Field Journal – Jarvis Island, Day 1

5.2.12 – Wednesday. Jarvis Island on the near horizon.

A (Slightly Rough) Beach Landing

After days and days and DAYS of traveling across the ocean at 8.5 kts, today, near the end of the afternoon, there she was- Jarvis. Low lying island with scrubby veg and white sand. The ship had traveling through a squall with 30 kt winds, so there was some hemming and hawing about whether or not they’d launch the small boat to take us to the island. There was just enough daylight and the seas had calmed down, so at 4:45pm sharp they launched the Avon, and then Rubber Ducky (one of CRED’s safeboats). We loaded our 7 buckets, 3 dry bags, 4 pelicases, 1 cooler, and 3 water jugs, and climbed aboard one of the boats ourselves. A pod of shiny, muscular dolphins escorted us in- leaping next to the boat, riding our bow as we sped across the water to the island.

Gaetano, who has landed folks on this beach before, coached Scotty on the landing spot, and how to thread the channel. There were waves breaking on shallow coral baumies to either side, but a calm slot down the middle, so Scotty drove the boat straight up to the sand.

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We hustled all the gear off, carrying it to the tide line, and then pushed the boat off so they could return to the ship. Once they were out of sight, we stripped off our ‘non-quarantine’ clothes, put on Jarvis clothes, and set up camp. Amanda Meyer, the Fish & Wildlife Refuge Manager, and I each have a pup tent.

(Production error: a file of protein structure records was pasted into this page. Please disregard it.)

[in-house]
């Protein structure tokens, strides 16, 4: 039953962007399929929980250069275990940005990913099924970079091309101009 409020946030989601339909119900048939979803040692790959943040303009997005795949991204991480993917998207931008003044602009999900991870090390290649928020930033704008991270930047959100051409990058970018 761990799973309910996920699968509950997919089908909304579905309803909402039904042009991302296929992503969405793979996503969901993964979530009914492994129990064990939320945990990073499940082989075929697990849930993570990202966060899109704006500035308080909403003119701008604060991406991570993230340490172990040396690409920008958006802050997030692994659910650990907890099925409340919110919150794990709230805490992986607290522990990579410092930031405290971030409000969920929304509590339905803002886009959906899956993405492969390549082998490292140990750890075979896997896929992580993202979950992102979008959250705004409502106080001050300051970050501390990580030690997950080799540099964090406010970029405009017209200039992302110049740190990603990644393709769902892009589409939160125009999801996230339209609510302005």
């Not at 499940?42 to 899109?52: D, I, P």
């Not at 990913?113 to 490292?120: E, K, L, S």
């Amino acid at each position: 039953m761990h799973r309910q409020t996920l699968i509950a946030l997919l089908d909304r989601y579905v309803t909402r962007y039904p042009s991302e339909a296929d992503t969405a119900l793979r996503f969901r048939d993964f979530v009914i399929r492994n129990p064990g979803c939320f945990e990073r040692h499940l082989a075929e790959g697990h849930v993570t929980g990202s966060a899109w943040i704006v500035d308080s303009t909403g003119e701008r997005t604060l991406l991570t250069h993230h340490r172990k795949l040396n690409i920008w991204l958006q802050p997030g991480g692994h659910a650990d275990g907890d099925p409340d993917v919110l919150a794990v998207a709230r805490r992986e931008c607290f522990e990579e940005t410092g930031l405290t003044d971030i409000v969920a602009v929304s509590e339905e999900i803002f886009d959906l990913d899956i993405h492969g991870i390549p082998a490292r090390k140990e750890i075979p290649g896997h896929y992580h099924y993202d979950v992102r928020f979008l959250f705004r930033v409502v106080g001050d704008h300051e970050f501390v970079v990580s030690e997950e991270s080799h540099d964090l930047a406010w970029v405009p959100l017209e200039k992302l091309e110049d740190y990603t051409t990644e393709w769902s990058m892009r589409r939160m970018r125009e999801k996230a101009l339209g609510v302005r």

We ate foil packets of chickpea curry for dinner, and then read through our laundry list of scientific tasks while on island. Amanda Meyer is the Fish & Wildlife Refuge Manager for Jarvis, Palmyra, and Kingman, and part of my duties on this expedition are to help her with terrestrial surveys on this island. It’s just the two of us on the island, and we have a lot to do!

Southern cross, and the false cross are both up, as is Maui’s Fishhook (Scorpius). There’s an almost full moon, and scattered clouds. It’s a beautiful night. My skin feels salty and sticky, and we need to save our fresh water for drinking so no shower in my immediate future.

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Ocean sounds and birds calling (those noisy terns, they talk all night!), but no generators or air-conditioning or all the interior and exterior background noise of a ship.

Pretty peaceful here. The ship looks far away in the dark- just a small patch of light on the horizon. I can’t tell if that makes me feel small and insignificant, or if I’m ok with it. I think I’m fine with it. Time to set up a night sky timelapse! Then, I’ll climb into that little tent for some well earned shut eye, and dream of birds and hermit crabs.